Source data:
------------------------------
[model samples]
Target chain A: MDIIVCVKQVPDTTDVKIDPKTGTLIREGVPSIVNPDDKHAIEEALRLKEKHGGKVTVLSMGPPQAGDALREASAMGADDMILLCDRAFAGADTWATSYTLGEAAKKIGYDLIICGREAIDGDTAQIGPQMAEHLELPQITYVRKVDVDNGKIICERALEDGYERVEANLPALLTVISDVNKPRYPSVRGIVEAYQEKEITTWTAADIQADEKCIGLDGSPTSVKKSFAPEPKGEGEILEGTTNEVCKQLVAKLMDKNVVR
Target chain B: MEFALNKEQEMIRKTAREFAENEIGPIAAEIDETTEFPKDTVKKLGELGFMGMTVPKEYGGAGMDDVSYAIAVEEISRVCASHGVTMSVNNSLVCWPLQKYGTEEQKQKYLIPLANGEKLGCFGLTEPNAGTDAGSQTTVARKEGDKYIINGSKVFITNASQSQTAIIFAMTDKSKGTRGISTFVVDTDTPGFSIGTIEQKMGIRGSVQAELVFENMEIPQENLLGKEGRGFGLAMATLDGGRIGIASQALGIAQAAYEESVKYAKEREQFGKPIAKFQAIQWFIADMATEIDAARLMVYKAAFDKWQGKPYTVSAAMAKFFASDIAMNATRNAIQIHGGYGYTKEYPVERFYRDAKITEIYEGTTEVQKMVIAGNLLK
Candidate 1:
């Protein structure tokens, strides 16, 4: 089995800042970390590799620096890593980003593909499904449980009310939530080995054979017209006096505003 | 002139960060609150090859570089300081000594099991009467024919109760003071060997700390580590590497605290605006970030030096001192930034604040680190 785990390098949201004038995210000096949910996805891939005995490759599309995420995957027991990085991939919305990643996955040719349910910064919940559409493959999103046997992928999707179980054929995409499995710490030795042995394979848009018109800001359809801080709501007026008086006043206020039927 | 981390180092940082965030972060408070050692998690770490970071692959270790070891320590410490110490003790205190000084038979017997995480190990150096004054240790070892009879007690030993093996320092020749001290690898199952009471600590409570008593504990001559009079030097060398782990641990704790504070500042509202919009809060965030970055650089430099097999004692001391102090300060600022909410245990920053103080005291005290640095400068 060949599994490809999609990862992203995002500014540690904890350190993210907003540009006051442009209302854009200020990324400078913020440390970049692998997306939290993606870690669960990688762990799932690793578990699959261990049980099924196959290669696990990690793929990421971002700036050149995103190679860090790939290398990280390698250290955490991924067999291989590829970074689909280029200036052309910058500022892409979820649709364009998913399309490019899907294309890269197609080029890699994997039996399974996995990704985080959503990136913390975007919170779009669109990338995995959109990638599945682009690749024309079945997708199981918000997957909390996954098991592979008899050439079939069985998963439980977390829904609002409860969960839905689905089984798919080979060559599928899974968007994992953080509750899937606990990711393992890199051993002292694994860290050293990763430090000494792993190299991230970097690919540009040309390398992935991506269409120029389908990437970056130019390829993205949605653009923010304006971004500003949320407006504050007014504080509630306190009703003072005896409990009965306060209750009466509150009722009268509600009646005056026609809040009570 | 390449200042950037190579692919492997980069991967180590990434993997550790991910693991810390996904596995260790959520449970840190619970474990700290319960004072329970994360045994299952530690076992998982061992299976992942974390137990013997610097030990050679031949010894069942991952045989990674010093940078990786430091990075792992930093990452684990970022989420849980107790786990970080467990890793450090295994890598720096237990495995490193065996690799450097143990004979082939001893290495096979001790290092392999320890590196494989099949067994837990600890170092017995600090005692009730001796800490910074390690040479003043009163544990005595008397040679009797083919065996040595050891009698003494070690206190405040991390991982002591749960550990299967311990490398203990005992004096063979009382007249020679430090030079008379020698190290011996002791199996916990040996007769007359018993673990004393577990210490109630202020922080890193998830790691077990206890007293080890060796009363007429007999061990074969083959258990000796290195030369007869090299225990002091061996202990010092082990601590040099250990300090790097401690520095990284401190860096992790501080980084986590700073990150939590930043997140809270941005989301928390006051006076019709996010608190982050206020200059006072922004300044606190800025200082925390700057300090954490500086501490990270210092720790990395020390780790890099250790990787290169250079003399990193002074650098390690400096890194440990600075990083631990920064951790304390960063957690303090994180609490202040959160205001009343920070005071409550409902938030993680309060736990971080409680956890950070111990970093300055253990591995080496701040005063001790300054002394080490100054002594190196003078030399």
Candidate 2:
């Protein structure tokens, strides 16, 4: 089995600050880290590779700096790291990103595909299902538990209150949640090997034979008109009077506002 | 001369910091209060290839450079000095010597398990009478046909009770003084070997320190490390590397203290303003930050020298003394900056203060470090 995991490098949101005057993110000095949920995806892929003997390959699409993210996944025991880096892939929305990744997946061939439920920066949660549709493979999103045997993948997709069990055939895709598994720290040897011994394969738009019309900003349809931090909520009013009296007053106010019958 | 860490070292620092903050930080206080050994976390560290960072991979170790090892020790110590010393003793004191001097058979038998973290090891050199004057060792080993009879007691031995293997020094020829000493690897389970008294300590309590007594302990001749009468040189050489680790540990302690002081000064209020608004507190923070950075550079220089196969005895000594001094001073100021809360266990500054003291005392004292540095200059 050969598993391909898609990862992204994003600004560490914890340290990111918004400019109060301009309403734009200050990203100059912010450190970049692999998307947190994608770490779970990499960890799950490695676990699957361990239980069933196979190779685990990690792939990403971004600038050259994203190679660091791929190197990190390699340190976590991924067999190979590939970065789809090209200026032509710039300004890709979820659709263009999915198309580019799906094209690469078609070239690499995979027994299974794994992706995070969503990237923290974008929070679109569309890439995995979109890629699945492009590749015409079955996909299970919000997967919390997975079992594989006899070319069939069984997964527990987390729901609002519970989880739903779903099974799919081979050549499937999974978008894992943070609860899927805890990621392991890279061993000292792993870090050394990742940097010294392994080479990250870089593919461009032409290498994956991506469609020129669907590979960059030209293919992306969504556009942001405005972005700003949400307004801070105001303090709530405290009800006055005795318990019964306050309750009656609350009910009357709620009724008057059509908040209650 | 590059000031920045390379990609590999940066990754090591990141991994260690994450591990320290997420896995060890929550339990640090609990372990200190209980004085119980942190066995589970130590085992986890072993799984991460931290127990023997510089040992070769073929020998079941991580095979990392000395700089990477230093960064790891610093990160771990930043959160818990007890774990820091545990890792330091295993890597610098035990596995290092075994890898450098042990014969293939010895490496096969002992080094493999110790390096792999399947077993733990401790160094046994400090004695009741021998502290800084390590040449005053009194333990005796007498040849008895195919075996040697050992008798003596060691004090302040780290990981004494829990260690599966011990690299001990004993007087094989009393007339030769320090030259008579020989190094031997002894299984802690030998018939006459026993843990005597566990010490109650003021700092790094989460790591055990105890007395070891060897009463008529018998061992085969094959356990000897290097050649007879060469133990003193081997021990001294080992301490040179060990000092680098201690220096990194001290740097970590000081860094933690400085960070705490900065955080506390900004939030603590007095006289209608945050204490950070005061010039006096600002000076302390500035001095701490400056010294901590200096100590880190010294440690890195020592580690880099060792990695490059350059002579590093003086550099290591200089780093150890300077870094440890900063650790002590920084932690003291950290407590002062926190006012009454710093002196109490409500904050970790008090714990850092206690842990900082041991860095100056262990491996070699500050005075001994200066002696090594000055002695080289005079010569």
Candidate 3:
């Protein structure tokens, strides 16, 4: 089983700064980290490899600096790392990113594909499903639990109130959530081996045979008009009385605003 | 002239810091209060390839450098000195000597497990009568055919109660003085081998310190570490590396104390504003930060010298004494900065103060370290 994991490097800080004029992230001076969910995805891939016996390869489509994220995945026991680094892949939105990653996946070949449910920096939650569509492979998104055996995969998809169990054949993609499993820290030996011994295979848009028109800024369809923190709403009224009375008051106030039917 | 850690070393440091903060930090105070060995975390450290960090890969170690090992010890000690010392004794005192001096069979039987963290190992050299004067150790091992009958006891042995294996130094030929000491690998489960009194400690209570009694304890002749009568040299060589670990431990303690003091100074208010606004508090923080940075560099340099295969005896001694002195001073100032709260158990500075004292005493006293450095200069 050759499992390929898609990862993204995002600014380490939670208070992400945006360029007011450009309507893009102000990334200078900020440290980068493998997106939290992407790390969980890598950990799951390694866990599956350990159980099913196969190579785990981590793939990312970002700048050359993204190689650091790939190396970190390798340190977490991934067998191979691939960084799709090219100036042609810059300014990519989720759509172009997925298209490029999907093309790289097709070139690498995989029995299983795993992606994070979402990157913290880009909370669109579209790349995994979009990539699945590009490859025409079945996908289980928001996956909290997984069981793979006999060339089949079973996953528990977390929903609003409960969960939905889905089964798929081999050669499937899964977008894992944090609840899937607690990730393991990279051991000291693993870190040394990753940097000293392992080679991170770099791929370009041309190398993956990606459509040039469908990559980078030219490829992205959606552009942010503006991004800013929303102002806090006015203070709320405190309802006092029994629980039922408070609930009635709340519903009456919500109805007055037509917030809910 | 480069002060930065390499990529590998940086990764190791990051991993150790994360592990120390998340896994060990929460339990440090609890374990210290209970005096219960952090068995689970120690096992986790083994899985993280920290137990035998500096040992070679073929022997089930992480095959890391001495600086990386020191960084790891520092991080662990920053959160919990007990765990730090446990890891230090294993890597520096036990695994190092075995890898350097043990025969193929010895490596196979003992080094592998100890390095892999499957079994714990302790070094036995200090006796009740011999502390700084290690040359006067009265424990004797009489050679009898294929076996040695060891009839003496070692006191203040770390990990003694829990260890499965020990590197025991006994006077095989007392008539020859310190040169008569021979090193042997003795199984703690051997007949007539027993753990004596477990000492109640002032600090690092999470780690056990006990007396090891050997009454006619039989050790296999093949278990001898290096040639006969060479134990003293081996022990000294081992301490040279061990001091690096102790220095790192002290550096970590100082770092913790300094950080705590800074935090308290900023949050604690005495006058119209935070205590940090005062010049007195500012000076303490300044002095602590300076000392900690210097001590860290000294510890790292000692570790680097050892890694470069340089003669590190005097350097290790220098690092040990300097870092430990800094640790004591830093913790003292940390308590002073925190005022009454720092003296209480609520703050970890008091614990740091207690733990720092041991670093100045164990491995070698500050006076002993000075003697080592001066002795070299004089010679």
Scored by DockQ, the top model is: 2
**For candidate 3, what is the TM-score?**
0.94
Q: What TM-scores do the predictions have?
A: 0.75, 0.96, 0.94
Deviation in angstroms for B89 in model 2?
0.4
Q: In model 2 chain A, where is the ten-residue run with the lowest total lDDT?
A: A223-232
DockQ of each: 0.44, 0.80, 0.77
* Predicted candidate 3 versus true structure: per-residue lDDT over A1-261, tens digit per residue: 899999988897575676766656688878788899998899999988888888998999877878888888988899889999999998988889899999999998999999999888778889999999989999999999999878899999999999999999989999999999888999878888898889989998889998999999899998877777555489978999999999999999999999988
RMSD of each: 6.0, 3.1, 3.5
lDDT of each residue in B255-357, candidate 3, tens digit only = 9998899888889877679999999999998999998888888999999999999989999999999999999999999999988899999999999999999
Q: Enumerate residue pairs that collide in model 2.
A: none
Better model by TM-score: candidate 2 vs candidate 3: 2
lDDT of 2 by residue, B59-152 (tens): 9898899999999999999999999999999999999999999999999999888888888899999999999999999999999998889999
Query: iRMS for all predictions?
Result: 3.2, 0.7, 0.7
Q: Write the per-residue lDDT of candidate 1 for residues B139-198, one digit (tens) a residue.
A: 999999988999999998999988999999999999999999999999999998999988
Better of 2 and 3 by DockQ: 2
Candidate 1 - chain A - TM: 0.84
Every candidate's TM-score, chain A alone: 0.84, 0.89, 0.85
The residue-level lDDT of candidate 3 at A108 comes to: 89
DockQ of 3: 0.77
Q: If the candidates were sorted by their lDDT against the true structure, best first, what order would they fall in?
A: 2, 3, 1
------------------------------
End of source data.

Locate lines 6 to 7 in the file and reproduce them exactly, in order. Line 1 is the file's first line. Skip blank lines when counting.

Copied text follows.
Candidate 2:
């Protein structure tokens, strides 16, 4: 089995600050880290590779700096790291990103595909299902538990209150949640090997034979008109009077506002 | 001369910091209060290839450079000095010597398990009478046909009770003084070997320190490390590397203290303003930050020298003394900056203060470090 995991490098949101005057993110000095949920995806892929003997390959699409993210996944025991880096892939929305990744997946061939439920920066949660549709493979999103045997993948997709069990055939895709598994720290040897011994394969738009019309900003349809931090909520009013009296007053106010019958 | 860490070292620092903050930080206080050994976390560290960072991979170790090892020790110590010393003793004191001097058979038998973290090891050199004057060792080993009879007691031995293997020094020829000493690897389970008294300590309590007594302990001749009468040189050489680790540990302690002081000064209020608004507190923070950075550079220089196969005895000594001094001073100021809360266990500054003291005392004292540095200059 050969598993391909898609990862992204994003600004560490914890340290990111918004400019109060301009309403734009200050990203100059912010450190970049692999998307947190994608770490779970990499960890799950490695676990699957361990239980069933196979190779685990990690792939990403971004600038050259994203190679660091791929190197990190390699340190976590991924067999190979590939970065789809090209200026032509710039300004890709979820659709263009999915198309580019799906094209690469078609070239690499995979027994299974794994992706995070969503990237923290974008929070679109569309890439995995979109890629699945492009590749015409079955996909299970919000997967919390997975079992594989006899070319069939069984997964527990987390729901609002519970989880739903779903099974799919081979050549499937999974978008894992943070609860899927805890990621392991890279061993000292792993870090050394990742940097010294392994080479990250870089593919461009032409290498994956991506469609020129669907590979960059030209293919992306969504556009942001405005972005700003949400307004801070105001303090709530405290009800006055005795318990019964306050309750009656609350009910009357709620009724008057059509908040209650 | 590059000031920045390379990609590999940066990754090591990141991994260690994450591990320290997420896995060890929550339990640090609990372990200190209980004085119980942190066995589970130590085992986890072993799984991460931290127990023997510089040992070769073929020998079941991580095979990392000395700089990477230093960064790891610093990160771990930043959160818990007890774990820091545990890792330091295993890597610098035990596995290092075994890898450098042990014969293939010895490496096969002992080094493999110790390096792999399947077993733990401790160094046994400090004695009741021998502290800084390590040449005053009194333990005796007498040849008895195919075996040697050992008798003596060691004090302040780290990981004494829990260690599966011990690299001990004993007087094989009393007339030769320090030259008579020989190094031997002894299984802690030998018939006459026993843990005597566990010490109650003021700092790094989460790591055990105890007395070891060897009463008529018998061992085969094959356990000897290097050649007879060469133990003193081997021990001294080992301490040179060990000092680098201690220096990194001290740097970590000081860094933690400085960070705490900065955080506390900004939030603590007095006289209608945050204490950070005061010039006096600002000076302390500035001095701490400056010294901590200096100590880190010294440690890195020592580690880099060792990695490059350059002579590093003086550099290591200089780093150890300077870094440890900063650790002590920084932690003291950290407590002062926190006012009454710093002196109490409500904050970790008090714990850092206690842990900082041991860095100056262990491996070699500050005075001994200066002696090594000055002695080289005079010569």